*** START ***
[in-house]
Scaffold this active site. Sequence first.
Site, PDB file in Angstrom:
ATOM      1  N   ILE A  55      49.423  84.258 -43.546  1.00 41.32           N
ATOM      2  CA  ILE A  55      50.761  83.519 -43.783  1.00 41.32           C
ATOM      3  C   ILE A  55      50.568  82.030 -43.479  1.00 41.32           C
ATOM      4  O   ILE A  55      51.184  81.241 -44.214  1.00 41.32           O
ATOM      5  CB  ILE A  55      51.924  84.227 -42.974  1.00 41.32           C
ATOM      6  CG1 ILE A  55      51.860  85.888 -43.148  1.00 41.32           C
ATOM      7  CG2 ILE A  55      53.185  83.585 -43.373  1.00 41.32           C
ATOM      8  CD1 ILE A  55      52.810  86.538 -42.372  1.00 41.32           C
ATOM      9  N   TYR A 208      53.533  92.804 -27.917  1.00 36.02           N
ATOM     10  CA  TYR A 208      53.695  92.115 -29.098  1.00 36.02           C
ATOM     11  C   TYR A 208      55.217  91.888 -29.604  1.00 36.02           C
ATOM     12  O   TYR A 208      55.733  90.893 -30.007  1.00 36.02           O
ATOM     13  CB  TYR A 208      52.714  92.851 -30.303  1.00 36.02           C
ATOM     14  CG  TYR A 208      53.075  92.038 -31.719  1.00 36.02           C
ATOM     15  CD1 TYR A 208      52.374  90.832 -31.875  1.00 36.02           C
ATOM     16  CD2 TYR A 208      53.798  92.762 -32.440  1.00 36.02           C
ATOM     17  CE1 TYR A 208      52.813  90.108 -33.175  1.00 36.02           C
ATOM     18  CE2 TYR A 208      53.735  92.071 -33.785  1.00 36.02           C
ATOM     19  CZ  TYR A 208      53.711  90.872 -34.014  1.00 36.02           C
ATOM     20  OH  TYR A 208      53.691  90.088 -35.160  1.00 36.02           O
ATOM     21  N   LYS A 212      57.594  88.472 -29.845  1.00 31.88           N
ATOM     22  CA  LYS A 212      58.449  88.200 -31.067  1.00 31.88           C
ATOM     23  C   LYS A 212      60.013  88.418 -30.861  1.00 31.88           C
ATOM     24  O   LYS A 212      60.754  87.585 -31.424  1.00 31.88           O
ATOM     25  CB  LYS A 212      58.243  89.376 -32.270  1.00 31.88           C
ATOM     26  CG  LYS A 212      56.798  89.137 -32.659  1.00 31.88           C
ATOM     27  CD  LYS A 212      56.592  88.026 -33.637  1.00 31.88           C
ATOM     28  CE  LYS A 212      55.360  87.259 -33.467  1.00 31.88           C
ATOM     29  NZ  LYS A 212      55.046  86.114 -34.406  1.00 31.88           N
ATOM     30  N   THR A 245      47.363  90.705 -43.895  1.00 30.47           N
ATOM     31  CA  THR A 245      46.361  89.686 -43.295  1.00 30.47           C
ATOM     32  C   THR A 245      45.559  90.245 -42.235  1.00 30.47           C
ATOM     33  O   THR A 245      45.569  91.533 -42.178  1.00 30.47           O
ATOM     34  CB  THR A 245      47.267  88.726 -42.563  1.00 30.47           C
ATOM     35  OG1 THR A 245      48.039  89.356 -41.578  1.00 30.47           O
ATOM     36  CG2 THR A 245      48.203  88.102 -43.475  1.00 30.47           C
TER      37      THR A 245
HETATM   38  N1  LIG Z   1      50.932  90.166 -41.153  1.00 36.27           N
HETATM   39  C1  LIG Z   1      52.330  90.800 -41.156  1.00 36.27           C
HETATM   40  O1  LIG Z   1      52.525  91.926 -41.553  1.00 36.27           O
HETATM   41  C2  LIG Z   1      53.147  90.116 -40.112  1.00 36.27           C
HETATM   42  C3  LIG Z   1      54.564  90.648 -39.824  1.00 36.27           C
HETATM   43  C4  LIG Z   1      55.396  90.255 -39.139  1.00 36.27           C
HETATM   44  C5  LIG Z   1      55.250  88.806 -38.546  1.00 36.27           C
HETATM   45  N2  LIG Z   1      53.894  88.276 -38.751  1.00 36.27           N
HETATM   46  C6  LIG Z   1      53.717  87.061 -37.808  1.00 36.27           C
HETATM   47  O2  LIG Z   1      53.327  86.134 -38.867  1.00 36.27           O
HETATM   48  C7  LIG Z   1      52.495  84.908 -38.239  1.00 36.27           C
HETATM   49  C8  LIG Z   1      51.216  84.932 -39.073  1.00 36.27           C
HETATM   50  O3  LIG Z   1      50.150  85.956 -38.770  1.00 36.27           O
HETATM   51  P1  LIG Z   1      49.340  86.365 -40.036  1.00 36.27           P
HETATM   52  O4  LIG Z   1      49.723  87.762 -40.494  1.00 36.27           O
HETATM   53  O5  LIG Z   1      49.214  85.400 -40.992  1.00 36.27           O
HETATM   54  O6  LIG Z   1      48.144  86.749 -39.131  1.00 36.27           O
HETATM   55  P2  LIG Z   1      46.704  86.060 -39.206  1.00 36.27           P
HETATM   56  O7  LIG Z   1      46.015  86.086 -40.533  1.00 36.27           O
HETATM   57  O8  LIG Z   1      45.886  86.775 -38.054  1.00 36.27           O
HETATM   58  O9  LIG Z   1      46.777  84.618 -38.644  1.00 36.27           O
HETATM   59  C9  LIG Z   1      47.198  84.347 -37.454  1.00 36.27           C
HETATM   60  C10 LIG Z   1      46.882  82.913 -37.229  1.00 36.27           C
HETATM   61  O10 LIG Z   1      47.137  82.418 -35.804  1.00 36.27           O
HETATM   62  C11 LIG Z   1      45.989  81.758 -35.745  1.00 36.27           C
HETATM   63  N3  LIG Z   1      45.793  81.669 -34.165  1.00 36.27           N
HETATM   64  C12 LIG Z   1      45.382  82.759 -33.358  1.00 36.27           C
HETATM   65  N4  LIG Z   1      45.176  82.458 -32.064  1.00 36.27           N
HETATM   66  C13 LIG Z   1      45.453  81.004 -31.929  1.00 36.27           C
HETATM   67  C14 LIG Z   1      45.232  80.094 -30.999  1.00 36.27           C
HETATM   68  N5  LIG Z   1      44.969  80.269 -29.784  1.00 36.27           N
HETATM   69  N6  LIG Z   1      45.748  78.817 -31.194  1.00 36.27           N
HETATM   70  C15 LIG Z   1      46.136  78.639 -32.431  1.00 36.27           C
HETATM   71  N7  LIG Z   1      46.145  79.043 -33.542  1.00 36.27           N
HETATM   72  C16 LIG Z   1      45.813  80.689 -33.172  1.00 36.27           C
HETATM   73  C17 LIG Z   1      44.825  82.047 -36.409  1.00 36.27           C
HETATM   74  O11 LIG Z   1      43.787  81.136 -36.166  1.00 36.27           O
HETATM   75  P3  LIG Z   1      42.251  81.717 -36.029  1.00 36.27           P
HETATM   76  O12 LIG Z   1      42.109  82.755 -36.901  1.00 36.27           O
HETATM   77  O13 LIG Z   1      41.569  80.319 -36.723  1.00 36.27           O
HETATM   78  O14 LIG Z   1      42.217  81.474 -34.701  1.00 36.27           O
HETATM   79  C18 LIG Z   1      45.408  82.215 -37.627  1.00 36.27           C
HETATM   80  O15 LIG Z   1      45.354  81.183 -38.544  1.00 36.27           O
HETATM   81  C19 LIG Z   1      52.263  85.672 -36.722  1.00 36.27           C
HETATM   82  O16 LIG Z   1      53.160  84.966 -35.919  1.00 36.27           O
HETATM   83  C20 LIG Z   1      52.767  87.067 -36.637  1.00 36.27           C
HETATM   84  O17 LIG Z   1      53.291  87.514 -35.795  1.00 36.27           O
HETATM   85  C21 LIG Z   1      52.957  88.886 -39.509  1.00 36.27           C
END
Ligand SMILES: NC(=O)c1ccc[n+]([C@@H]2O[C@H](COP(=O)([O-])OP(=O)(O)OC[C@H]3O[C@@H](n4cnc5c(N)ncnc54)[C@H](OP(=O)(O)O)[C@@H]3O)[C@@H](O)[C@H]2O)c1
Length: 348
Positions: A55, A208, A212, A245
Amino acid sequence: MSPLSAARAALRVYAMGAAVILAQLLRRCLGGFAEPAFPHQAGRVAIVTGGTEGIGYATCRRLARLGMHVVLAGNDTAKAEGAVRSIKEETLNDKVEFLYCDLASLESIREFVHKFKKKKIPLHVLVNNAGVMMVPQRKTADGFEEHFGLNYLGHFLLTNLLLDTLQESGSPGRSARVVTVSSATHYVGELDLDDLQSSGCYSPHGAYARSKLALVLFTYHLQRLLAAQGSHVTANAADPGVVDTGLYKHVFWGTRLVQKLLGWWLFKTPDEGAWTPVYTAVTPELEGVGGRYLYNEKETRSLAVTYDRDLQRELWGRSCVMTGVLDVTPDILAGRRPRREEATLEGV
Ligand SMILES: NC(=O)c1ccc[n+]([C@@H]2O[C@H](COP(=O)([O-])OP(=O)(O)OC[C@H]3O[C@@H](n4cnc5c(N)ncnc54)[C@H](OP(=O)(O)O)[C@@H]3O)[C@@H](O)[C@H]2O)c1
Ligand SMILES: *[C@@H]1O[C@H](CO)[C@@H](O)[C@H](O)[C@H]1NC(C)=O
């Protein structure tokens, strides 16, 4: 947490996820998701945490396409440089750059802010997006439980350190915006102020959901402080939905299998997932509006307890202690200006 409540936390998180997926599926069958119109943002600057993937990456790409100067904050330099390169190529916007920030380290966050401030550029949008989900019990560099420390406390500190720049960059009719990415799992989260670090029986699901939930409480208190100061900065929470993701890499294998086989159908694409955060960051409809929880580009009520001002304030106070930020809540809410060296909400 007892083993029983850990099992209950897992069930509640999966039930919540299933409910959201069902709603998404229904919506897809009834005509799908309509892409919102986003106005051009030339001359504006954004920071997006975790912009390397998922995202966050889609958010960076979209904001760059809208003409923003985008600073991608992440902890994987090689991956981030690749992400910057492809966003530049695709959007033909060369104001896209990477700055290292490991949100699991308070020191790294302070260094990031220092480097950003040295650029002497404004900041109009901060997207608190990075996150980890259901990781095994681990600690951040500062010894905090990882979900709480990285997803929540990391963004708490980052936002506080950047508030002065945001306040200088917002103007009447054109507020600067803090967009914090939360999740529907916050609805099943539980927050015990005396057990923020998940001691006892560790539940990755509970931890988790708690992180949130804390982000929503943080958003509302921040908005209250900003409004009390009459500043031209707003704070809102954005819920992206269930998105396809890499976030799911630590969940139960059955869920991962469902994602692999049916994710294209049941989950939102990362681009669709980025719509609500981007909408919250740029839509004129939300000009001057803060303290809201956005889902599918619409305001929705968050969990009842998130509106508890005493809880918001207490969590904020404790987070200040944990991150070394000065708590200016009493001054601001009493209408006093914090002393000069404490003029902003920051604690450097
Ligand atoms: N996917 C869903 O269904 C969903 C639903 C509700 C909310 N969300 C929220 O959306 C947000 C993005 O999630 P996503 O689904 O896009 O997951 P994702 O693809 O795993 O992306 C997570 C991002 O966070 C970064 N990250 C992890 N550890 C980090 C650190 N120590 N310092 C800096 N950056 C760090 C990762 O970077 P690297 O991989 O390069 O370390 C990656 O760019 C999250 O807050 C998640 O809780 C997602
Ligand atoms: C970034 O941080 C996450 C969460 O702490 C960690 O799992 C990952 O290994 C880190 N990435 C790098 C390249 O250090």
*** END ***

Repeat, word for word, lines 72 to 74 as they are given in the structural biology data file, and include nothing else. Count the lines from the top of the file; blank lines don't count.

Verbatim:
HETATM   69  N6  LIG Z   1      45.748  78.817 -31.194  1.00 36.27           N
HETATM   70  C15 LIG Z   1      46.136  78.639 -32.431  1.00 36.27           C
HETATM   71  N7  LIG Z   1      46.145  79.043 -33.542  1.00 36.27           N